[00:16:00] Over the last few decades, astronomers have noticed that Jupiter's most iconic feature. It's great red spot, which has raged across the surface of the solar system's largest planet. For more than 300 years has been slowly shrinking and fading. Observations by an SS Hubble space telescope. And from that, the rate at which the massive anti-cyclone is shrinking has slowed down in recent years, although it's still some 240 kilometers smaller now than what it was as recently as 2014, the Jovian great red spot had been measured as far back as the late 18 hundreds.
At which time it was some 41,000 kilometers wide, big enough for planet earth to fit inside at three times. But by the time this is twin Voyager spacecraft flew past the gas giant 1979. The great red spot had shrunk to about 23,300 [00:17:00] kilometers across. And it's continued to shrink with time hobble image taken in 1995, measured the spot at 21,000 kilometers wide.
And by 2009, it had trunk to just 18,000 kilometers across. Observations in 2012, revealed a noticeable increase in the rate of which the spot was shrinking by some 933 kilometers a year. And it was also changing shape from an oval to a circle. However, the most recent measurements show the radish shrinkage has slowed down some art with the great red spot.
Now around 15,000 kilometers across and decidedly pale orange instead of red. My junior, the storm swirling winds still pack a punch, reaching more than 540 kilometers an hour around its periphery cyclones, including their regionally named counterpart hurricanes and typhoons usually spin around a center of low atmospheric pressure and a planet's rotation induces a Coriolis effect, which causes a cyclo and [00:18:00] spring.
Likewise, in the Southern hemisphere and counterclockwise in the Northern hemisphere. But the great red spot is an anti cycler. They spin in the opposite direction because they're centered it around an area of high atmospheric pressure. Over the past few years, astronomists have observed and interacting series of smaller vorticies, which have causing chunks to the great red spots.
Clouds, the flake off, further shrinking the storm in the process before 2019, it was only being hit by these smaller storms. A couple of times a year. But more recently it's being pummeled by as many as two dozen a year. The great red spot is still some six to seven times as big as the smaller anticyclones that have been colliding with it.
Mind you to put all that in perspective, even the smaller storms, there's still some 10 times bigger than earth. Biggest hurricanes. Some are even bigger than the planet. Mars. Now, and you study reported in the journal of geophysical research. Planets claims these interactions are only superficial and the great red spots actually [00:19:00] gaining power from these smaller storms at the expense of their rotational energy, new images of the storms, they can buy an SS Juno spacecraft in orbit around Jupiter showed that the smaller Atty cyclones pass through the high-speed peripheral rail of the great red spot before circling around it.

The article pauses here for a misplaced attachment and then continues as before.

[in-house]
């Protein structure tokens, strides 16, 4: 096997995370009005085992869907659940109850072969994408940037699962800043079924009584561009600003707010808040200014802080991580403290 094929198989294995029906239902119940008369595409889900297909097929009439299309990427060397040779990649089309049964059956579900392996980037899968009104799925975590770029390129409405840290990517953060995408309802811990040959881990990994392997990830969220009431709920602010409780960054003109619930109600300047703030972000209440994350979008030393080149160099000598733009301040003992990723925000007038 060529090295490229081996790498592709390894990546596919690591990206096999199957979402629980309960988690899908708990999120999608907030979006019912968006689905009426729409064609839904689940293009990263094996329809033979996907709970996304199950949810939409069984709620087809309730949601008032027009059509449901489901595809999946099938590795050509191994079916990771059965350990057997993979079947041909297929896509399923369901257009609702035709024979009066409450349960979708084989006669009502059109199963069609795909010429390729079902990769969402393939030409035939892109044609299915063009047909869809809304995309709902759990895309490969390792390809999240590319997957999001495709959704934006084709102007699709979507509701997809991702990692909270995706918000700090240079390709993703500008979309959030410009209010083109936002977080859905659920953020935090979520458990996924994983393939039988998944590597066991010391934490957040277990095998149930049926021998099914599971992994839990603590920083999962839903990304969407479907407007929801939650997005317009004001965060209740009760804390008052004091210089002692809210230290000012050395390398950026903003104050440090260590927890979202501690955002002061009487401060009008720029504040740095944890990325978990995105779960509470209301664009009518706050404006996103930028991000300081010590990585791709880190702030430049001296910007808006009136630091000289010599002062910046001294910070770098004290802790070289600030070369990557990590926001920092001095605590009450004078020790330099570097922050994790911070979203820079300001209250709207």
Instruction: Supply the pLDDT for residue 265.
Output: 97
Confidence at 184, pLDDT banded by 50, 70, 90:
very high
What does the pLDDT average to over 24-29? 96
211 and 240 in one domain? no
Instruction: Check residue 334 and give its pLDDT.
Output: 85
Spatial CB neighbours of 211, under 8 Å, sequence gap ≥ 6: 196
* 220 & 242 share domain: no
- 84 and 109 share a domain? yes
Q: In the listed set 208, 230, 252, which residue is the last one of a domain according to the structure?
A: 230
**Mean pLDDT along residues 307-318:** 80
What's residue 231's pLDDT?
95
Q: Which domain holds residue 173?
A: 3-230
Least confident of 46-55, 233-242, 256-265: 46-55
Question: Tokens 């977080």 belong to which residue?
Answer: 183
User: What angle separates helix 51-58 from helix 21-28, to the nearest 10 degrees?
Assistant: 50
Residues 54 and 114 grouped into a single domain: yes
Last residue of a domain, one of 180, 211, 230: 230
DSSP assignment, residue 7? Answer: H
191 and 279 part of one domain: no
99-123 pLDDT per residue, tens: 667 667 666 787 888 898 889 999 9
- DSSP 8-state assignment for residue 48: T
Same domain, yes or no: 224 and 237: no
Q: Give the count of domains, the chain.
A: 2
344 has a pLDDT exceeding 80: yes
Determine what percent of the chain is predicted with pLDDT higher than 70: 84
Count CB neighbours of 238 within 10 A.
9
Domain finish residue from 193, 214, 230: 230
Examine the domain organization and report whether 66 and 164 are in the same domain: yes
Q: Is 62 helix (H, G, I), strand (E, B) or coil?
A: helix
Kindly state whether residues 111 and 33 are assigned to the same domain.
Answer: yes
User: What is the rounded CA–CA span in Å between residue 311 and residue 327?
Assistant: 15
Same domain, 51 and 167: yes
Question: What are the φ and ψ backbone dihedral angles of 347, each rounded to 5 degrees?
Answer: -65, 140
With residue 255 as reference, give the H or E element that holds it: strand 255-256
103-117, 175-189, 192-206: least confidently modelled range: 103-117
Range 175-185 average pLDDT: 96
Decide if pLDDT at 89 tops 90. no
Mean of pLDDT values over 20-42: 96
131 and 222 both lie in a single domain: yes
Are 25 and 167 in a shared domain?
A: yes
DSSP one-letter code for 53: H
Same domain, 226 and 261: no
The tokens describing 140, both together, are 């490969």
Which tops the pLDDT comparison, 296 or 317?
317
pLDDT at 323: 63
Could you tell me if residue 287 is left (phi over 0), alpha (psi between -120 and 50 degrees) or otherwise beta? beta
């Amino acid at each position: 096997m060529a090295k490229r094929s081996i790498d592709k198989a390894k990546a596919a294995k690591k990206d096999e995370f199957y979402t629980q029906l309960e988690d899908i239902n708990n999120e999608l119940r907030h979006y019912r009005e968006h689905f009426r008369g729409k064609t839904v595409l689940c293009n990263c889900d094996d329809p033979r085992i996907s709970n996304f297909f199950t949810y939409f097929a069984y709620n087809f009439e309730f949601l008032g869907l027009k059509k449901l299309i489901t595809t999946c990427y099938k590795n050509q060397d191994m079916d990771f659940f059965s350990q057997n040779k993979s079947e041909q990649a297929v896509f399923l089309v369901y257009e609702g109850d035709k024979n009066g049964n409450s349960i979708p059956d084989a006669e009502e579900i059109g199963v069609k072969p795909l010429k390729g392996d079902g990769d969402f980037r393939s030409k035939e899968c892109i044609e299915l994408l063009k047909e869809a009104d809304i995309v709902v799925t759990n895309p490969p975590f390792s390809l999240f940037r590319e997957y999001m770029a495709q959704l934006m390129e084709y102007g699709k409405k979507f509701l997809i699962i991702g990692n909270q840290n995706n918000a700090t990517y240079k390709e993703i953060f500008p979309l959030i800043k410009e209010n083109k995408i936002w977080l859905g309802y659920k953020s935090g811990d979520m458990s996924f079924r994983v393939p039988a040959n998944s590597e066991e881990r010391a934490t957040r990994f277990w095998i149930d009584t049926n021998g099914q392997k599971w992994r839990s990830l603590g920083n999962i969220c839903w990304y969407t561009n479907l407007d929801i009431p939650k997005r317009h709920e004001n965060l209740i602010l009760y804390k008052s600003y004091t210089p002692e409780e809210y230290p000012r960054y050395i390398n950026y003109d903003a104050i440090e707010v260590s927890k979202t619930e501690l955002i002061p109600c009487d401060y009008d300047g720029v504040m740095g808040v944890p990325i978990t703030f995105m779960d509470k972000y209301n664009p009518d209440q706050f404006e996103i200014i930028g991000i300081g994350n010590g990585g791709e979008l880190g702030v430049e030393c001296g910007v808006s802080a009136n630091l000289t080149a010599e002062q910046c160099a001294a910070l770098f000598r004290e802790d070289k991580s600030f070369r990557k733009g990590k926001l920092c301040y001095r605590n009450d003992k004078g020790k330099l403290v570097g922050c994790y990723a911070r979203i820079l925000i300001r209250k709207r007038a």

These smaller storms create chaos in an already turbulent and dynamic situation temporarily changing the great red spots, 90 day oscillation in longitude and tearing streams of red clouds from the main oval. But scientists say this is only affecting a few kilometers at the surface and doesn't have any significant impact on the overall 200 kilometer depth of the great red spot as a whole.
Scientists still, aren't sure what's causing the great red spot to shrink or for that matter how it formed in the first place, but they believe that these smaller anticyclones may actually be maintaining the great red Tempest, at least for now.
[00:20:00] take a brief look at some of the other stories making, using science this week with a science report. Australian medical authorities are recommending that people under the age of 50 are given the Pfizer COVID-19 vaccine rather than the AstraZeneca jab, because of concerns of patients getting a rare type of potentially fatal blood clot.
The move is based on recommendations by the Australian technical advisory group on immunization and Australia's therapeutic goods administration. It comes in the wake of research by the European medicines agency in Amsterdam, which found a clear association between the AstraZeneca viral vector vaccine and a rare type of brain blood clot associated with lower platelet counts and as cerebral venous sinus thrombosis.
The agency found a one in 250,000 chance of people who take the AstraZeneca. Jab will wind up suffering from the clotting with at least 79 known instances from a first dose [00:21:00] resulting in 19 deaths, including three under the age, 30 in Australia, 44 year old Melbourne man was hospitalized with the thrombosis, following an AstraZeneca inoculation.
Around the world, a growing number of nations, and now either banning or restricting use of the AstraZeneca vaccine in the wake of the latest findings. The key side effects to look out for include headaches, blurred, vision, breathing problems, chest pain, leg swelling, abdominal pain, skin, bruising, and spots beyond the injection site.